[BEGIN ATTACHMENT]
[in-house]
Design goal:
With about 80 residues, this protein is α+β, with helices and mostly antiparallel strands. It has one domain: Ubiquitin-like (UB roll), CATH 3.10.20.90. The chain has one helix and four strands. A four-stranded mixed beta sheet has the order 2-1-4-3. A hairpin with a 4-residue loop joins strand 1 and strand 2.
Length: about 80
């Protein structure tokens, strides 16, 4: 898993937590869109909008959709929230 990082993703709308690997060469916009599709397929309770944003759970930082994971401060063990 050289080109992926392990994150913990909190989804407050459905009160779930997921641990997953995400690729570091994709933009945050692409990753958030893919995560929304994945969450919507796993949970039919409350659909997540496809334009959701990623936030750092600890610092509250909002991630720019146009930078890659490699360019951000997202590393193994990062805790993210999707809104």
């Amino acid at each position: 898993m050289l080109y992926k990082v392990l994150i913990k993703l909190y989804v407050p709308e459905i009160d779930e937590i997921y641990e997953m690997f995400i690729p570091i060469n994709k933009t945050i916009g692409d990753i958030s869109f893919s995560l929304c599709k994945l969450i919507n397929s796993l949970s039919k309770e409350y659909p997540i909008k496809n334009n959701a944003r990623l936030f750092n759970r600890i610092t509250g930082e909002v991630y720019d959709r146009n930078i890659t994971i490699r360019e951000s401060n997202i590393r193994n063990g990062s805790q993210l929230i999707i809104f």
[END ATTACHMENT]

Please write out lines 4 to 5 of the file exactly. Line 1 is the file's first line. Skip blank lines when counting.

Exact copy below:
Length: about 80
């Protein structure tokens, strides 16, 4: 898993937590869109909008959709929230 990082993703709308690997060469916009599709397929309770944003759970930082994971401060063990 050289080109992926392990994150913990909190989804407050459905009160779930997921641990997953995400690729570091994709933009945050692409990753958030893919995560929304994945969450919507796993949970039919409350659909997540496809334009959701990623936030750092600890610092509250909002991630720019146009930078890659490699360019951000997202590393193994990062805790993210999707809104």